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Designing and writing within garden spaces comes naturally to us. Half our team is comprised of avid gardeners, and even those who are relegated to apartment living excel at indoor houseplants. Dexter and Anthony both grew up in farming families. Sara inherited a native plant garden when she and her husband bought their first house last year, and Anthony and Lisa own a 1/4-acre plot of land they've transformed to something they call a 'homestead habitat.' They even blog about the project.

So when we mulled over how to go about our year-end giving for 2021, we naturally thought of gardens. Two organizations stood out as great candidates for our support: Wild Ones and Seed St. Louis.

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This past year, the St. Louis chapter of the national organization Wild Ones blew the doors off membership, growing to become the largest chapter in the U.S. It's easy to see why, as the community here is super volunteer-focused, with active citizen involvement and a great deal of cooperation between organizations when they can share a mission. One example is the St. Louis Audubon Society's Bring Conservation Home program, which enjoys terrific support from Wild Ones in their shared mission to promote native plant gardening.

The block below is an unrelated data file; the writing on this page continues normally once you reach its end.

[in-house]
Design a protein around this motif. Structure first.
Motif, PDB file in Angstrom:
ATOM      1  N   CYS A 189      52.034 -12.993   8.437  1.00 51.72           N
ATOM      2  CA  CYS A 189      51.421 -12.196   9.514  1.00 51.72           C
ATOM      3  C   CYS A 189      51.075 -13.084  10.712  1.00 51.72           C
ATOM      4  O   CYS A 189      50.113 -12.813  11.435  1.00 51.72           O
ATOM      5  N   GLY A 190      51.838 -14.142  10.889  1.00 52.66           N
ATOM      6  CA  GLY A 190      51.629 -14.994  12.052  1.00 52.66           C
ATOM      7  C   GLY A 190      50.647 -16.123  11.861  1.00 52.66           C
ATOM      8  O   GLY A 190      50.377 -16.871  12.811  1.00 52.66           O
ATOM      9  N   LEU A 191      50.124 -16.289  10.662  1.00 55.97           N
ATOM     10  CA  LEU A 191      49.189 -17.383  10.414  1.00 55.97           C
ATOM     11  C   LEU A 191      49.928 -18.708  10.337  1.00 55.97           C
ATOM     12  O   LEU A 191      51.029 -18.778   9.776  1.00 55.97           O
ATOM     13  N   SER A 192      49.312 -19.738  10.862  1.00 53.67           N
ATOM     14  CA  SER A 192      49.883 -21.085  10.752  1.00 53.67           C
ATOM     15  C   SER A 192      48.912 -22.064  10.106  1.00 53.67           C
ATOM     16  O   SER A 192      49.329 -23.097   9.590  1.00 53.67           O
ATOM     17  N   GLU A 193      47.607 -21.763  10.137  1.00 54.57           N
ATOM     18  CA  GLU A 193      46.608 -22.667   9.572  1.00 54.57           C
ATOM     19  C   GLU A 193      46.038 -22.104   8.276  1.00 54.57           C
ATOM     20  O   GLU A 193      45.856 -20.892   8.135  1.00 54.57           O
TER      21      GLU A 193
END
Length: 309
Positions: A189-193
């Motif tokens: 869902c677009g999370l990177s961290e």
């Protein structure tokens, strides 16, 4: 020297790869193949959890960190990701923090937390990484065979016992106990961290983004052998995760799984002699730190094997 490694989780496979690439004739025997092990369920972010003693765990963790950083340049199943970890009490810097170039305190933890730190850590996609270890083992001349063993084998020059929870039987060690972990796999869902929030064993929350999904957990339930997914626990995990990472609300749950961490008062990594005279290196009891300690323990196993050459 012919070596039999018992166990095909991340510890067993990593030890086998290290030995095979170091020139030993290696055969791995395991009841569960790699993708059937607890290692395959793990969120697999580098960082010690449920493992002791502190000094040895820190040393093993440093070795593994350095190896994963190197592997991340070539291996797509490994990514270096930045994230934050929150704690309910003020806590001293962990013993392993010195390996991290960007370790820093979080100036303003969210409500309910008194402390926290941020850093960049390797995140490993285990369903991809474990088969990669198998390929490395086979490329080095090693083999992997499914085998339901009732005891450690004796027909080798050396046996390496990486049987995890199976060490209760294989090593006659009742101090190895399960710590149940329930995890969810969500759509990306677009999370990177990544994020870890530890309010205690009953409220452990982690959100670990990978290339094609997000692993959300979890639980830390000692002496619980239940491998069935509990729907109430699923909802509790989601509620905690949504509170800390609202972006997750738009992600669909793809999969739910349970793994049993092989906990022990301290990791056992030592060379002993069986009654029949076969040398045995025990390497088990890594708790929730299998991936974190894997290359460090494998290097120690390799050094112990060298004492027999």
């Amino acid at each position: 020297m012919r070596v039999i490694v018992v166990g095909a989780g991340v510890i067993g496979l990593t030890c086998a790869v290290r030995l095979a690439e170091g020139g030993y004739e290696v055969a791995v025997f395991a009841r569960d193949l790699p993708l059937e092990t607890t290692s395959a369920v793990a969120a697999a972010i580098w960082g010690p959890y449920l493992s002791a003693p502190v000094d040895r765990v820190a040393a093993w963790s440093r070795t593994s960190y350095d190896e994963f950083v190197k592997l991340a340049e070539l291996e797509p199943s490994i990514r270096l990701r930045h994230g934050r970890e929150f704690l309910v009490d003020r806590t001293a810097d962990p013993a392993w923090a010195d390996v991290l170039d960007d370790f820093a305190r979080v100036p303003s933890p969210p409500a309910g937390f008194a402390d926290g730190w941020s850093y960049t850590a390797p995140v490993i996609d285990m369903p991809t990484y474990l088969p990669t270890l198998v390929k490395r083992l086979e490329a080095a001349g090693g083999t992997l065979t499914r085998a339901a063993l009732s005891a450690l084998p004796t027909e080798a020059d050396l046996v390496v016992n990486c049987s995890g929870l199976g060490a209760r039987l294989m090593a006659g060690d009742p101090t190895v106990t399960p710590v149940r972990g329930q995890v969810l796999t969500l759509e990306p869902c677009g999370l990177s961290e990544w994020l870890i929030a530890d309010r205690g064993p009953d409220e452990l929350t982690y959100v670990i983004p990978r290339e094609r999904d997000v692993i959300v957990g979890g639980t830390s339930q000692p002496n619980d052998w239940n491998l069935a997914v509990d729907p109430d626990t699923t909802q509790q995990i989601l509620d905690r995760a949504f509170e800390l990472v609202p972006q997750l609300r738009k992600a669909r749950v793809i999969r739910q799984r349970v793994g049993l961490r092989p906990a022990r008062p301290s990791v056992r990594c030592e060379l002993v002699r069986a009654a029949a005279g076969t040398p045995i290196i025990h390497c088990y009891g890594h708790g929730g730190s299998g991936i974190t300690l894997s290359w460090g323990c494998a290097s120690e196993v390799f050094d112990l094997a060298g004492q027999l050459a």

Founded in 1998, Wild Ones encourages landscaping with native plants in residential, business, and public landscapes. They accomplish this through monthly gatherings at member gardens, grants for native plants to schools and organizations, educational outreach, and annual plant and seed sales and giveaways. Brunette Games is happy to support this important organization.